When lunch time rolls around at my house, there is a general cry of excitement and a rush to the kitchen. No, it’s not because of my gourmet peanut butter and jelly sandwiches. And no, it’s not because I forgot to feed my kids breakfast. (Well, at least most of the time!)
It’s because lunch time means Cyberchase, which is what my kids get to watch while they eat.
We don’t watch a lot of TV in my house, but I do think there’s value in certain types of programming in small doses. Cyberchase fits my definition of something worth watching.
Quick summary (thanks Wikipedia!): Cyberchase is an PBS animated series about three children who leave Earth and enter “Cyberspace,” which is an alternate universe with planet-like bodies called cybersites. These kids, along with the help of Digit (who is a bird-like cyborg), use their math and problem solving skills to stop the evil deeds of the Hacker and his two cyborg henchmen, Buzz and Delete. Each episode focuses on one math or problem solving skill (such as probability or graphing) and builds comprehension of that skill through increasingly difficult applications.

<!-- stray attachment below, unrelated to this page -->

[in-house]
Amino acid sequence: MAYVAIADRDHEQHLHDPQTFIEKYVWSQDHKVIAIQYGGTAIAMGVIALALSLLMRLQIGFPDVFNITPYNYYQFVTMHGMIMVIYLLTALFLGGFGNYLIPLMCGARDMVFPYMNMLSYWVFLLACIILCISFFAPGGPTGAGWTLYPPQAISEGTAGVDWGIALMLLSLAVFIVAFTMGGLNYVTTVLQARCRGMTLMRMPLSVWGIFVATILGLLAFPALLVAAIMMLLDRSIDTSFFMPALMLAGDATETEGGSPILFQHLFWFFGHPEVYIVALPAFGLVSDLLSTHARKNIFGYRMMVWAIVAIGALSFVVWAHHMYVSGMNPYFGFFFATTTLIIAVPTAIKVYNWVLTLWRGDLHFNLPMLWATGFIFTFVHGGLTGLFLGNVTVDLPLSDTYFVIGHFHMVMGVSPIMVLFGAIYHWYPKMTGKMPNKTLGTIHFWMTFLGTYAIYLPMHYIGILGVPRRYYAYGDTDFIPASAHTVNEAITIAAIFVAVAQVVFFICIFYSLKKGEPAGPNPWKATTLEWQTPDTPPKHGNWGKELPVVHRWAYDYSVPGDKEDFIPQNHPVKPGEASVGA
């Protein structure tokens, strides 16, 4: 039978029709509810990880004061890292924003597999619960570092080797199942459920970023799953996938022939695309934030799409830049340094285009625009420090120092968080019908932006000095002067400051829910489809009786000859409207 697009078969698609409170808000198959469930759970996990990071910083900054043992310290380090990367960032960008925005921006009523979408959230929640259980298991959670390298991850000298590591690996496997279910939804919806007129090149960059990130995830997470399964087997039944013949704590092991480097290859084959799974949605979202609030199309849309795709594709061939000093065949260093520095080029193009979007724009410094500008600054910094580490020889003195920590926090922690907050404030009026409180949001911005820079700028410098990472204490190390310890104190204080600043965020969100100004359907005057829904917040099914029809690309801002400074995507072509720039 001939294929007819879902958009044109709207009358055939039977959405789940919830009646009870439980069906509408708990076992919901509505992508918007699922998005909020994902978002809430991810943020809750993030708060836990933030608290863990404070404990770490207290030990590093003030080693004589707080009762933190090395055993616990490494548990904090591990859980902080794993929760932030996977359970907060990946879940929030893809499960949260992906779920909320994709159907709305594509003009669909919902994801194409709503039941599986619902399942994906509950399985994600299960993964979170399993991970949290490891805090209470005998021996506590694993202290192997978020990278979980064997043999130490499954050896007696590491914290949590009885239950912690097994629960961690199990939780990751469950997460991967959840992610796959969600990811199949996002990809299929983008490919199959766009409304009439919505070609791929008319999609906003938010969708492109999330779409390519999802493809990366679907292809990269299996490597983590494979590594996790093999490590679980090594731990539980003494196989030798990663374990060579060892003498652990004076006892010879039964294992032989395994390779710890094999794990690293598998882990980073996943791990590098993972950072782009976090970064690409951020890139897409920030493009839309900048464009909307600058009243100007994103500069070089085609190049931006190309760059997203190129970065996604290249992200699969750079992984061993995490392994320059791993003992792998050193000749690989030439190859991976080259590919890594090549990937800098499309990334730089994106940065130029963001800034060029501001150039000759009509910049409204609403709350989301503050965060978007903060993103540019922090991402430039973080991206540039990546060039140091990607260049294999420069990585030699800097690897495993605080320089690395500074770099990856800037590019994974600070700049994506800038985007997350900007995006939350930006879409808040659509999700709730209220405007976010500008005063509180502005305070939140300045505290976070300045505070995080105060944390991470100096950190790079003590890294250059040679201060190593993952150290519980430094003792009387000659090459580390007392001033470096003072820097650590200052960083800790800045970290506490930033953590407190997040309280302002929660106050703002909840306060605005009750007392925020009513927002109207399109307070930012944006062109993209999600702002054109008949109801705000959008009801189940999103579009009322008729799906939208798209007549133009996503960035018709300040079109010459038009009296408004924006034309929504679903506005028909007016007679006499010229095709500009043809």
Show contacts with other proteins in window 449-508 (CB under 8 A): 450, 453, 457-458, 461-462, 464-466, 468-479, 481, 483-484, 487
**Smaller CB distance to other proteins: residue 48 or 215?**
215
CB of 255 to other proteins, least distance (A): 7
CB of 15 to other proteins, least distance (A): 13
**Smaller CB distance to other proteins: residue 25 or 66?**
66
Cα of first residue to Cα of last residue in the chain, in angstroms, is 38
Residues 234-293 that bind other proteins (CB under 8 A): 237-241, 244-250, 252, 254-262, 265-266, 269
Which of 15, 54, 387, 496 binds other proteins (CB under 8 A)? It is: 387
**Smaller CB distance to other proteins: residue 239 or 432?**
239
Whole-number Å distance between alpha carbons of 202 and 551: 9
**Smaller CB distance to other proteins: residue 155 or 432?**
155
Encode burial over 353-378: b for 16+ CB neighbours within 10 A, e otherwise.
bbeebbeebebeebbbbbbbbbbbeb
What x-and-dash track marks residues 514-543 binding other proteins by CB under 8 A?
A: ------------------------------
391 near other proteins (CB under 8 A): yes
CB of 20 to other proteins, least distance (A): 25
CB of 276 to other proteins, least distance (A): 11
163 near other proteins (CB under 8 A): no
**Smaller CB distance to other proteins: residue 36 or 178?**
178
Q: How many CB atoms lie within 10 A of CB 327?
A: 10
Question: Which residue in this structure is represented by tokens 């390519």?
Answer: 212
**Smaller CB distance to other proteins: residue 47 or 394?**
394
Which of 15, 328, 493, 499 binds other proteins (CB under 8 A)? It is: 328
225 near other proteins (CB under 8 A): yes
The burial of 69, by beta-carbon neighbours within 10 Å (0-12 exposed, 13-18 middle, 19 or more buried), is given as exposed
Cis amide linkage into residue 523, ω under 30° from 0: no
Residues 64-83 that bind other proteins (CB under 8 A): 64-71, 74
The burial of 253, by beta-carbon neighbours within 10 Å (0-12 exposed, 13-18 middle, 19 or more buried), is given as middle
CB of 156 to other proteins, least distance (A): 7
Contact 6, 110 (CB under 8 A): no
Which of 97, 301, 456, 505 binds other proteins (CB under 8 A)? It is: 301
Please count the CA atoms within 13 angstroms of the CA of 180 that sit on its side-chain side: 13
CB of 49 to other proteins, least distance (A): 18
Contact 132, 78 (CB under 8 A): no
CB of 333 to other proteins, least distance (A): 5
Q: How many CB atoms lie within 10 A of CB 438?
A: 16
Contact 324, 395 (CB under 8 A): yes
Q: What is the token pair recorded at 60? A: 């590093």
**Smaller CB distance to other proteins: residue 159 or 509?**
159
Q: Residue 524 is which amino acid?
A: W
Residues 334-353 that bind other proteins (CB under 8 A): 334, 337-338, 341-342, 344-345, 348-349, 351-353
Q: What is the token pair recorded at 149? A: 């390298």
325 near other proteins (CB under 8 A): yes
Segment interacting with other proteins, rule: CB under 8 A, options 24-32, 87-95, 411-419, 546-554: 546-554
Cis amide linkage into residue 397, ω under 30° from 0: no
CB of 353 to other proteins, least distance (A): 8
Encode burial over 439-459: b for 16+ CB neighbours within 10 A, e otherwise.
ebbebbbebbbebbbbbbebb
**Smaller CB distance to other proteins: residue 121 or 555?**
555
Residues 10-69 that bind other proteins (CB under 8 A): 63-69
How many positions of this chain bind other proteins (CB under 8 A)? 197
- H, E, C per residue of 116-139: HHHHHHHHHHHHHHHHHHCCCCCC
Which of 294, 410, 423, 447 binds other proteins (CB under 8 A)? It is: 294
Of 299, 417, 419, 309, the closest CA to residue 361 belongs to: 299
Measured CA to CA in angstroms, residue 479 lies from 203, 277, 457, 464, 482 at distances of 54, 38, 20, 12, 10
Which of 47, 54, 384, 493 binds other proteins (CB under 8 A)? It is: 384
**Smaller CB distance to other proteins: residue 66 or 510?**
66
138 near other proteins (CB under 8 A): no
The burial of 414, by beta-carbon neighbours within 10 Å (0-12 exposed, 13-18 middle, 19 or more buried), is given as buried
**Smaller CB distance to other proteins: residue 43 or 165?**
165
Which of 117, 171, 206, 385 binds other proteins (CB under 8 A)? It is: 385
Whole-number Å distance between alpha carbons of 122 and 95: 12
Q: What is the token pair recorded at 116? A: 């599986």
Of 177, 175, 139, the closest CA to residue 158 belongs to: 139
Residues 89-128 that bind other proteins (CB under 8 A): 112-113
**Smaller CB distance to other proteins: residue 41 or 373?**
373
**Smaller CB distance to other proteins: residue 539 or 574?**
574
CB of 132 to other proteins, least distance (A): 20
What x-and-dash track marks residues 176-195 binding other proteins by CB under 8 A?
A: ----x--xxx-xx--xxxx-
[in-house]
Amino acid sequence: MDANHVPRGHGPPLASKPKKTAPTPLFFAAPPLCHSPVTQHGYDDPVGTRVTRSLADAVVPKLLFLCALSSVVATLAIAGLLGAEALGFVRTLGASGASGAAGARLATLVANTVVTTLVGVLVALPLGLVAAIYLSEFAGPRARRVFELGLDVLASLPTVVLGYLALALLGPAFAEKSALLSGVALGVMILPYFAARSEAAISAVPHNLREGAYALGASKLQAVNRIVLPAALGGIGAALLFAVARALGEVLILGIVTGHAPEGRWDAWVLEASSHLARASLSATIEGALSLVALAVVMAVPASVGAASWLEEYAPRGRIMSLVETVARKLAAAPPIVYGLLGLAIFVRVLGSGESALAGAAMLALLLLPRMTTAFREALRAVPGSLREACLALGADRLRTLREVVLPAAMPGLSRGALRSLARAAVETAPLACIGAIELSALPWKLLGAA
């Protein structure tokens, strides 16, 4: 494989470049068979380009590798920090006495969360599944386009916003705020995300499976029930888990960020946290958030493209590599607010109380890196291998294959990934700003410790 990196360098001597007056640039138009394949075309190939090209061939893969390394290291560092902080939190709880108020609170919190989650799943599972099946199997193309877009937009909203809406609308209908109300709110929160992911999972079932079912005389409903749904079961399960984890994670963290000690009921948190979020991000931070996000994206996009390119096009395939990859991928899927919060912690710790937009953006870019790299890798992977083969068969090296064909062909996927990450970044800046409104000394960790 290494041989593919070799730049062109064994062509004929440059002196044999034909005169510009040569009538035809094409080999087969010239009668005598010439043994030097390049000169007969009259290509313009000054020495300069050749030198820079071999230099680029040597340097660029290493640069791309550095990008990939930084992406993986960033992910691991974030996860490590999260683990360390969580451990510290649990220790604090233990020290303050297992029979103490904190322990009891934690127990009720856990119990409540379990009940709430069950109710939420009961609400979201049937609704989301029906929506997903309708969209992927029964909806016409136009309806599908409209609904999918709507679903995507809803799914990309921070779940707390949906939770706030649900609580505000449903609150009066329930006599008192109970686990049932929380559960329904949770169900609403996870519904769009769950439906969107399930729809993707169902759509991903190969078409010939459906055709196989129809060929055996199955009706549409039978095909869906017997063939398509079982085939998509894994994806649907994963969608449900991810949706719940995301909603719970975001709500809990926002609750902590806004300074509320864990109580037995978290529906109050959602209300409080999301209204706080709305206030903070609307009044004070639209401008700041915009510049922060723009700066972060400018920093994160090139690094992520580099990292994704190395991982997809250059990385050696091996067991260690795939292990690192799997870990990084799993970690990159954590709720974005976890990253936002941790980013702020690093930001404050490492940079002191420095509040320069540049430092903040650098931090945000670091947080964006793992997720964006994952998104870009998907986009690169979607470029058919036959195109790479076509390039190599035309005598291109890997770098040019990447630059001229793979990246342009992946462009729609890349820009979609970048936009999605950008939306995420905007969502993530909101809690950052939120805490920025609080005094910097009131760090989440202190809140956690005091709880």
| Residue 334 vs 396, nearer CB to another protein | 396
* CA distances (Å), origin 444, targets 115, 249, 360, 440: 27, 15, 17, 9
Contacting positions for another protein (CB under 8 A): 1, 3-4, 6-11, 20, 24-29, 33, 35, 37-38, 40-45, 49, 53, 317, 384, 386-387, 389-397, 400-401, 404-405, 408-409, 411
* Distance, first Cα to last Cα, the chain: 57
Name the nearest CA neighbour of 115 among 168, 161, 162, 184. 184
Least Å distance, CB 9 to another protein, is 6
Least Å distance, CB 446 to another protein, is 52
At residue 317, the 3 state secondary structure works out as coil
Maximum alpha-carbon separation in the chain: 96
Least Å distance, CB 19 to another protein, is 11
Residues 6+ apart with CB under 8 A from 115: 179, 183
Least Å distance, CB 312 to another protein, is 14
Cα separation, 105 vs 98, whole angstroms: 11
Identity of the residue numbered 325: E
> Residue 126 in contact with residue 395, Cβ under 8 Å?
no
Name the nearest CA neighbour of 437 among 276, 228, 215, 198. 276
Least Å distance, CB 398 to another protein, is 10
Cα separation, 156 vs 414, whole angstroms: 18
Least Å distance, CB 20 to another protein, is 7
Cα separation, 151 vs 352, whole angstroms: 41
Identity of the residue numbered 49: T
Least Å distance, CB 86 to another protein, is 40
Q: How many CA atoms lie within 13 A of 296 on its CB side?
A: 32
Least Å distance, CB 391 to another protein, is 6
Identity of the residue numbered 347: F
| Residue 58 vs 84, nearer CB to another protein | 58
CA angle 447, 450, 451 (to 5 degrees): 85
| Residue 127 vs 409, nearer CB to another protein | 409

That descriptions a little dense–so trust me, the show is awesome!
What I love about Cyberchase is that it focuses on teaching math first and entertaining second. While each episode is very entertaining and my kids are engrossed, the math isn’t glossed over. The math concept that is the focus of each episode is carefully woven into the plot so that it is central to the solution of the storyline. This is math in full color–living and breathing–just the way it should always be. (Because Pepper has watched this show off and on over the years, there have been many times where I have introduced a new math idea, and she already gets it because she saw it on Cyberchase first.)
Even better, each 30-minute episode has been posted on a YouTube channel (with permission!) so we can watch it for FREE. And we don’t even have to worry about loading each 10-minute segment. They just play one right after another. (But don’t get distracted because the kids will just keep watching and watching and watching!)
Right now, we’re just working our way through the episodes. But time after time, I find myself referencing an episode’s concept as I talk about math throughout the day with my kids. And in the future, as I want to bring up these concepts again, I think I’ll replay certain episodes to refresh their memories.
If you want to watch the episodes in order, check out the Wikipedia list of episodes, that includes a plot summary and a description of the math concept that the episode focuses on.
You can find all the episodes here on YouTube.
See you in Cyberspace!